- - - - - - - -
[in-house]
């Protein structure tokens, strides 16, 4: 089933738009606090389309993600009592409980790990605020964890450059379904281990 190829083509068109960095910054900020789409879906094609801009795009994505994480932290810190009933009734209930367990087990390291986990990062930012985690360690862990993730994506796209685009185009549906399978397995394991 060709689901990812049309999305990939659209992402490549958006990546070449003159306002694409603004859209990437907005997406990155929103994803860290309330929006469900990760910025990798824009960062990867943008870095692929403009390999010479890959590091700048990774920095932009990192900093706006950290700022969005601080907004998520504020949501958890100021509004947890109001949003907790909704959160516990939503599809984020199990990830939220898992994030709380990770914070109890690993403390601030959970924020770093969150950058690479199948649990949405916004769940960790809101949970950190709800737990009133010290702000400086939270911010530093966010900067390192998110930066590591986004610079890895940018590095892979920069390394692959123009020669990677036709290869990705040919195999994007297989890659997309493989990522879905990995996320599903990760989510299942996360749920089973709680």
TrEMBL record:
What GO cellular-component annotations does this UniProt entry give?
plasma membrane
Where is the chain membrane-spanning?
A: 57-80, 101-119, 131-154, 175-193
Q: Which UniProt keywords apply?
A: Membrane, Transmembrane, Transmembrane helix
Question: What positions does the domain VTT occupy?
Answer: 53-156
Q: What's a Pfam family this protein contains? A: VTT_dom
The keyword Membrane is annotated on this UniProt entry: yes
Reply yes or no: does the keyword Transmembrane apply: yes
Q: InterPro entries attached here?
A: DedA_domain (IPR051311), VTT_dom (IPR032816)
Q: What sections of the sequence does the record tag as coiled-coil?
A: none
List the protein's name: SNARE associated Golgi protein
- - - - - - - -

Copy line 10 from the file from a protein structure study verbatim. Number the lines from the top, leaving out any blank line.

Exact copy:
Question: What positions does the domain VTT occupy?